Batya said...

Nowadays, there's no reason to fill the very reduced baggage allowance with foreign products. Bracha is right. Those who think they need to bring tissues, toothbrushes etc have no idea of what's available here. Forty years ago when we made aliyah the situation was different, but in principle I was perfectly happy with most Israeli products. Then American baby clothes were better, but today as a grandmother I find the best stuff here in Israel on sale.

Anonymous said...

Hersheys and Reeses? You can't find them? The makolet up the street has a shelf full of them.

Anonymous said...

43 years ago people even brought toilet paper and sanitary napkins (in quantity!) When I was packing my mother was helping me and I wondered if I should bring sanitary napkins in bulk. She said: "If you're serious about spending your life there then just think about it this way, half the population there must be women, go there, see what they do and do it too." Advice that has stood me in good stead.

Judy Rebacz said...

The makolet in Mitzpe Nevo has Hershey's kisses from time to time and many things on your list of not available are in fact widely available. Pam is in all supermarkets in a variety of flavors. Kedem grape juice, maple syrup and more of the things mentioned are all available, you just have to know where to shop. Many are in regular supermarkets that have a large Anglo clientele. By posting on various list-serves, people are able to find almost anything but it does come at a price since most of these things are imported and therefore more expensive.
Judy Rebacz

Anonymous said...

Items available in Israel but are expensive

Mouthwash/mouthrinse. about 50 NIS here, at walmart et al about $2.50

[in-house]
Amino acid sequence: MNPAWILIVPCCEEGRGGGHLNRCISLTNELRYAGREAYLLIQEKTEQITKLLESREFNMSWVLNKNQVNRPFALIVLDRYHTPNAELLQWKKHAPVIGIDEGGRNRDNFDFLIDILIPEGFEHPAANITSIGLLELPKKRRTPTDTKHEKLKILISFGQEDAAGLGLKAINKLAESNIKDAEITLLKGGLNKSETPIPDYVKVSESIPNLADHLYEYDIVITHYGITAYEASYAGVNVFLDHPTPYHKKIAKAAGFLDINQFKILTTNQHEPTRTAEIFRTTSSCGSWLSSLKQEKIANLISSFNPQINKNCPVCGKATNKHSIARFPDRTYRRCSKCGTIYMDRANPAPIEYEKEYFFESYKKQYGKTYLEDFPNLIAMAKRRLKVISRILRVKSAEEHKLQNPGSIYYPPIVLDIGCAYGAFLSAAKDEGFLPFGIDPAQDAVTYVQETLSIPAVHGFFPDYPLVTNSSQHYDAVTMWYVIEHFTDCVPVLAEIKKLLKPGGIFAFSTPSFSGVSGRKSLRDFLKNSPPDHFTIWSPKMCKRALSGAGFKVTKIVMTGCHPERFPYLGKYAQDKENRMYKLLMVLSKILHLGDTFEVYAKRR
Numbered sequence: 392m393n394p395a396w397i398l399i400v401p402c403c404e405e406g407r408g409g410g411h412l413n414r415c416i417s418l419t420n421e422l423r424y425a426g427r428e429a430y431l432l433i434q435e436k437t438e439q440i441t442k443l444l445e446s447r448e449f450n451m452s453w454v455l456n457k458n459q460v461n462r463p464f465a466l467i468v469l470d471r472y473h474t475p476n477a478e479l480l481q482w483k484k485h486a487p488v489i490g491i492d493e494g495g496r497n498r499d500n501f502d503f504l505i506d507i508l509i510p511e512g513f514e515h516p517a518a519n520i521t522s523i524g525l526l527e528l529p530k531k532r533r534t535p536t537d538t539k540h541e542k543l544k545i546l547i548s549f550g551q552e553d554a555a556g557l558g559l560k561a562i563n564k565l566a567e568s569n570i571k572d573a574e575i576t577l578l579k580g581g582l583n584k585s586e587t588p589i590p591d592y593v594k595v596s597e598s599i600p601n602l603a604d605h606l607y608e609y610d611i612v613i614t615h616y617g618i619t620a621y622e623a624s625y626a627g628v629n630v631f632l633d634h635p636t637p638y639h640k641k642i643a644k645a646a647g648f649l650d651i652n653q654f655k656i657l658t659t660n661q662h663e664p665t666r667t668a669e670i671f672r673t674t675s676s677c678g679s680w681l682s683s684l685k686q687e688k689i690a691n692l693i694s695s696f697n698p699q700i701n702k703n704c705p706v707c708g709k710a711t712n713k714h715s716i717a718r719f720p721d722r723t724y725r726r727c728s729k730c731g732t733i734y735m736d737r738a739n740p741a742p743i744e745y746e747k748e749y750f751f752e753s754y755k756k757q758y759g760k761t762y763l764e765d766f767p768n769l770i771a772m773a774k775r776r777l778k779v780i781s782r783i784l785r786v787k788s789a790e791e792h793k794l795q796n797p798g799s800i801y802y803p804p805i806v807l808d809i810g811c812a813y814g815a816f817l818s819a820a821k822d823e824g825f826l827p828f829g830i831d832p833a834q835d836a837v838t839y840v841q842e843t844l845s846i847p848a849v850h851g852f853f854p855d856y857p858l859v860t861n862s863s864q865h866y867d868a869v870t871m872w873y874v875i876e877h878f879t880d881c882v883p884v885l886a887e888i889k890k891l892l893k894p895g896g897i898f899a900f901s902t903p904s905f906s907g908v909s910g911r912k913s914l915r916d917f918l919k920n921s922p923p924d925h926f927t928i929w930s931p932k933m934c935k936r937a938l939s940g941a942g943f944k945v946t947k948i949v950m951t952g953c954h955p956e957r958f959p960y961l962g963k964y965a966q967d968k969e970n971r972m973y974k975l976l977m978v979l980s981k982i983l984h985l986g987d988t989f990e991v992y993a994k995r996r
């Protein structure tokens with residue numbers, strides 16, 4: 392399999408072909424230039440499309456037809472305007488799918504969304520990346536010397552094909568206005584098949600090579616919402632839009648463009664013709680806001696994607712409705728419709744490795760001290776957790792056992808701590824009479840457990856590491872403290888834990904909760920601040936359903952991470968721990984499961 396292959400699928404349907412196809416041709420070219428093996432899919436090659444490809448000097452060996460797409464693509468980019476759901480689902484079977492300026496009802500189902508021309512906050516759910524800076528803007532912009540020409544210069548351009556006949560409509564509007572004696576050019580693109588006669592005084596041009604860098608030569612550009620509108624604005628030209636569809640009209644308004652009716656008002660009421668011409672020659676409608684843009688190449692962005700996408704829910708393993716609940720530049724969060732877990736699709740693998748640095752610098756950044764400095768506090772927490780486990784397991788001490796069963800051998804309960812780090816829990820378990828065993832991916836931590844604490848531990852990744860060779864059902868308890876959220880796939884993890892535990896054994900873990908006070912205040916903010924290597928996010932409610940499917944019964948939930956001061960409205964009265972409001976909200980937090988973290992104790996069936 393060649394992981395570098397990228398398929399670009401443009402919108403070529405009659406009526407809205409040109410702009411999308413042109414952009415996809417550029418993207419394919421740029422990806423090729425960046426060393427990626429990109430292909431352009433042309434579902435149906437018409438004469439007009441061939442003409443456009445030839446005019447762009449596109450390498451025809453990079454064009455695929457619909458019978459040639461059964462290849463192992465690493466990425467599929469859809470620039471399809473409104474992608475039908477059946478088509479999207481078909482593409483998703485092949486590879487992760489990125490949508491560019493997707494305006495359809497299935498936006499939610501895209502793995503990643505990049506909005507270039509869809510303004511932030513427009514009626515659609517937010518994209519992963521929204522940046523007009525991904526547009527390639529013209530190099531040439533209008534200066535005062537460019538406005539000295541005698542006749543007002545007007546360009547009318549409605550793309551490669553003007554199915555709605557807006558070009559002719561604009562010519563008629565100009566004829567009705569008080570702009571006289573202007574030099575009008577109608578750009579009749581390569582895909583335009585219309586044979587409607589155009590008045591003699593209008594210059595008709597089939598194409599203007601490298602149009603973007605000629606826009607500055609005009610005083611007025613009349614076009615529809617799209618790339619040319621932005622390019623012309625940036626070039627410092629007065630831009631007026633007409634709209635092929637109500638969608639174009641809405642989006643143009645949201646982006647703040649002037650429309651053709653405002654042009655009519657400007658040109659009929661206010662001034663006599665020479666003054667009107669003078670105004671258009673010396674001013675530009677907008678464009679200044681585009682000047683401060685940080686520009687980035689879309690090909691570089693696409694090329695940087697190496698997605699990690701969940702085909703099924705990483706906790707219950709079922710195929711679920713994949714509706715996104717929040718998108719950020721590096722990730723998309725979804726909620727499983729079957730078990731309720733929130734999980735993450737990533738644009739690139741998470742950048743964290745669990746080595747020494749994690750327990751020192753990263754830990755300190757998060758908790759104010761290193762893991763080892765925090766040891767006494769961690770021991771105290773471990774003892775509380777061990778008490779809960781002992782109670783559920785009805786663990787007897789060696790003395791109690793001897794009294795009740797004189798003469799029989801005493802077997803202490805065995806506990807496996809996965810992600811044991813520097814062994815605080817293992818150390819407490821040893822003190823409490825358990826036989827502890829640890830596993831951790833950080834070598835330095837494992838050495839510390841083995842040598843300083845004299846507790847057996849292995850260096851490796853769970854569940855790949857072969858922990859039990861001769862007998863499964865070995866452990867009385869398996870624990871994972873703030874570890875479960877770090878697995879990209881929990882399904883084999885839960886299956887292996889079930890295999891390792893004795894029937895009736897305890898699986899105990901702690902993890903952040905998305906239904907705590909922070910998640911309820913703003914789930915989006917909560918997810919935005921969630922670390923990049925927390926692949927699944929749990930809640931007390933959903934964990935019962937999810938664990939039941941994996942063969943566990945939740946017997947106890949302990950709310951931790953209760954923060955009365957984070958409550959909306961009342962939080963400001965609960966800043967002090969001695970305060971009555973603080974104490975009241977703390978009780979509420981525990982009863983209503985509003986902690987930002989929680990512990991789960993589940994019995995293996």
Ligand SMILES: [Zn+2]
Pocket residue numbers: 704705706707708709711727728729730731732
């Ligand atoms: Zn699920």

Anonymous said...

They sell an Israeli brand at Mr. Zol of cream of is written in Hebrew, of course, cream of tartar, so it is easy to find.
Cream of mushroom soup they sell at the makolet in Mitzpe Nevo.
I always have someone in the states send me Motrin from Costco, a huge difference in price.
Could someone please open a Costco here?

Anonymous said...

Very interesting study, but after 30 years in Israel I find there is not a thing not available - i.e bandaids -- all four children were able to cover thier cuts with "PLASTER", any spice is a million times better here - in fact my mother brings spices from here to states. There is real vanilla here in baking supply stores in the shuk and Mea Shaarim, there are q-tips and cotton swabs and advil (ibuprphen, foil, kitchen bags, Hot choclalte mix is cocoa and sugar with milk- the real thing, salad dressing can be made from scratch much healthier. I am surpised by items such as M & Ms or Jif peanut butter etc... all available the supermarket not like 30 years ago when it was not here at all. Yes, I agree there is more of a selection of wide shoes or narrow shoes or petite clothes but most of the list of items people mentioned are all available here and all the processed or ready made items are not as healthy anyways. For exmaple zip-loc bags are better in the US but one can live without them too. Since we do not live in a third-world country 100% of these products or their local equivalents can be bought. I go back to the states with no list at all anymore. I was there in 9/10 and brought back 2 ipods as gifts from the grandparents - that's it. Enjoy life in Israel! Your kids will all grow healthy and happy with products availble here.

Unknown said...

Great idea for a post! I am going to America soon and am compiling my list of stuff to bring back as one does. Here are some of my suggestions:

Ziplocs (good ones) are available FREE at Eden Teva Market.

I must agree that spices are better here, give up the stuff from America.

Many things you can order on websites these days and have them shipped over for really cheap.